Mini Joseph Tejaswi & R Raghavendra | TNN
Bangalore: Karnataka's premiere IT expo, Bangalore IT.in, has lost the colour and the charm of its early years. Touted as the largest business-to-business tech exposition of Asia, the event is now being widely criticised for lacking in direction, and failing to draw any worthwhile participation from either domestic or foreign business.
"This show is no indication of Bangalore's IT prowess or its branding in the global market. It's our maiden involvement in IT.in. We were expecting a tech show like Systems in Munich or Cebit in Hannover. Frankly, coming here is such a waste of time, energy and money for us,'' said Hurtmut Ade of SAR Elektronic GmbH (Germany).
The quality of visitors and the stalls are a key concern for several participants. Says Felix Donoso of Barcelonabased Management Systems Solutions, "If this is Asia's largest IT show, why are big boys, IBM, Microsoft or Sun Microsystems missing? I think the realty, hiring, utility and travel desk kind of outlets outnumber tech stalls here. Also, the quality and flow of business and general visitors are very poor.''
At times, it appears as if finding takers for stalls seems to be the single biggest concern of organisers. "Government focuses only on selling and filling up the space. No one is worried of quality or value for money, time and effort. The show is a mela of students and janta,'' commented an IT professional.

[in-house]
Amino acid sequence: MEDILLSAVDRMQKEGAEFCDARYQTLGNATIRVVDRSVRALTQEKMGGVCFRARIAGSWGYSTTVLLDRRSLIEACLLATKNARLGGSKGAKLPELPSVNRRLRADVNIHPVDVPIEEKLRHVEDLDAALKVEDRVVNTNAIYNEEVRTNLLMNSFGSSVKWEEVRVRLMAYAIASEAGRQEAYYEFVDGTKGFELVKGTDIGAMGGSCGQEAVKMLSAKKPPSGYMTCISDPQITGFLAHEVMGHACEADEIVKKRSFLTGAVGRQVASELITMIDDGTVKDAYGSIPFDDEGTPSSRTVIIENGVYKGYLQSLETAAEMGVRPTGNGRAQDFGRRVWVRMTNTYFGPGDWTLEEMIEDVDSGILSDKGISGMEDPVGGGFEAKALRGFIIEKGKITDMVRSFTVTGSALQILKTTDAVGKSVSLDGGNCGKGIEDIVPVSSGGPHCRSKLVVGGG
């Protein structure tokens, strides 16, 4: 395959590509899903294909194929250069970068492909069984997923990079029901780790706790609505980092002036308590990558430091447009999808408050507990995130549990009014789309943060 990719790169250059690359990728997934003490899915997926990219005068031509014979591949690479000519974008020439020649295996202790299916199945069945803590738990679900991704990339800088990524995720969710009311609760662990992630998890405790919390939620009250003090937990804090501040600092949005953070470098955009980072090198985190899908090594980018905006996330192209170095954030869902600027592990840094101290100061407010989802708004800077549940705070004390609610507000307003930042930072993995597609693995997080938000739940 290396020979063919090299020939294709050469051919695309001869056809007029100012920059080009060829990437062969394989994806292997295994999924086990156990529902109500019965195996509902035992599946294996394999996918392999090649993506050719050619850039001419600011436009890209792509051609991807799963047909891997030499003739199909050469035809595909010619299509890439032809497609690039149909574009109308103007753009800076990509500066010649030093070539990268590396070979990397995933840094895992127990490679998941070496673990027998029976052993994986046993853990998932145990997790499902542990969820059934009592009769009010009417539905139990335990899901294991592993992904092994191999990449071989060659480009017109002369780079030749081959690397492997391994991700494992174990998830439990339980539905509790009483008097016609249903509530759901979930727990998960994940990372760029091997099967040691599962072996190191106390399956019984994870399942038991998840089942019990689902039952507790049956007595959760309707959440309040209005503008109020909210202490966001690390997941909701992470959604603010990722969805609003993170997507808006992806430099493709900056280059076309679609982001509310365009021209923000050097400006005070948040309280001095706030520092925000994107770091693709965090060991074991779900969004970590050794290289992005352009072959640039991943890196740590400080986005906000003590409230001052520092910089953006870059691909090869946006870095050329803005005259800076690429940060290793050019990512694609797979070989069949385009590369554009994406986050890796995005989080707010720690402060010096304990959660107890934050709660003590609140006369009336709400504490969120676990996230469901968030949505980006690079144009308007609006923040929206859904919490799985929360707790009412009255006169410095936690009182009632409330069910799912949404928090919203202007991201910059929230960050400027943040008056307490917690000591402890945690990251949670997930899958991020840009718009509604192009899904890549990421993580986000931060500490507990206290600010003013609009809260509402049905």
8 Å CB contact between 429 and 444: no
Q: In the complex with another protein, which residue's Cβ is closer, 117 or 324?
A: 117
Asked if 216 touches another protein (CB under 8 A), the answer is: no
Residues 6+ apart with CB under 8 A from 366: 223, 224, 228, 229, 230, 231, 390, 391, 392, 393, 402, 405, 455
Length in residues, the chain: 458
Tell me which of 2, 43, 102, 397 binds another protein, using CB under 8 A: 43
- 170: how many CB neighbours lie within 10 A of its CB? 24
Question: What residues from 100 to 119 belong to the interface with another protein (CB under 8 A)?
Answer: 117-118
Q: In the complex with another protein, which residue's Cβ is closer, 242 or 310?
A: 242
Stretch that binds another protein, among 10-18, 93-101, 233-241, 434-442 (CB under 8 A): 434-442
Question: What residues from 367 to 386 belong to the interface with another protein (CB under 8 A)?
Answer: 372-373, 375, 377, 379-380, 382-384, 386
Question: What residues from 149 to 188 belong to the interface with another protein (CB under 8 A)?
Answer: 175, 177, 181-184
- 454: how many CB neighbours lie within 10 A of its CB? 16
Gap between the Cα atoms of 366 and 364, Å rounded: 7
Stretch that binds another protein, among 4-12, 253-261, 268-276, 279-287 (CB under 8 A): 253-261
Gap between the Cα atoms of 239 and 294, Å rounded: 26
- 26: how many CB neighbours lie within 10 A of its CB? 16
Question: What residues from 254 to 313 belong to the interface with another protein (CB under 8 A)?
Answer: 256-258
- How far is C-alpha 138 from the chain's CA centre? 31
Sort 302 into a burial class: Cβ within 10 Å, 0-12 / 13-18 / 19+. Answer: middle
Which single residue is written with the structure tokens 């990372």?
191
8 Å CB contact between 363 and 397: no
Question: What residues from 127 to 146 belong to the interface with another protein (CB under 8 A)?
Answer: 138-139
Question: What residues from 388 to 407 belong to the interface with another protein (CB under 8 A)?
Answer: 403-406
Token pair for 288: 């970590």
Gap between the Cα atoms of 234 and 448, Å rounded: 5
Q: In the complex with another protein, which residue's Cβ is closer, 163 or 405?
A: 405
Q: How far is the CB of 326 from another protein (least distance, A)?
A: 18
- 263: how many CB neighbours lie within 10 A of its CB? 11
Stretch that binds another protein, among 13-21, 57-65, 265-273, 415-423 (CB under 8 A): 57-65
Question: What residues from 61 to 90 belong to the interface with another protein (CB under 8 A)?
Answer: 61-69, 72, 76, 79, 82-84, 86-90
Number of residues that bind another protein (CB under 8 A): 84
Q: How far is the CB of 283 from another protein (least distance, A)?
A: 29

Participating in an event of this magnitude requires months of planning, including travel and accommodation. "In this form and shape, the show is not worth all the trouble,'' said a senior official of a Delhi-based IT services firm.
Some note that the IT & BT secretary was changed twice during the year, disrupting the planning process for the event. Others point out that potential overseas participants plan their schedules often a year in advance. "But IT.in dates are finalised too late in the year for foreigners to accommodate it in their schedules," says a foreign country representative.
Organisers are well aware of the changing sentiments. "The show has been successful with special zones for intellectual property and semiconductors. But it needs improvement. We need to take certain precautions to make it a continued success,'' admitted B V Naidu, director, STPI.
Says state IT & BT secretary M N Vidyashankar: "I feel the whole initiative so far has been too governmentdriven. From the next edition, we would like it to be a market-driven affair. We are going to initiate a series of meetings with the industry to understand their needs and expectations from the event. The event also needs proper branding and marketing.''
Having seen the birth of this event, bureaucrat-turned-entrepreneur Vivek Kulkarni felt that the government could plan better. "More accountability can be brought in. It has to be a pure B2B event. Along with software and BPOs, hardware too should benefit from it,'' he said.
Infosys says it is proud to participate in the event. However, it is concerned about the way things have changed in the last two years. "Two years back, there were even boycotts by companies who then came back and participated. There is a feeling that the relationship between the government and the industry is not satisfying,'' said Kris Gopalakrishnan, COO & president, Infosys. So, if IT.in is not to become IT.out, the government needs to do some serious thinking.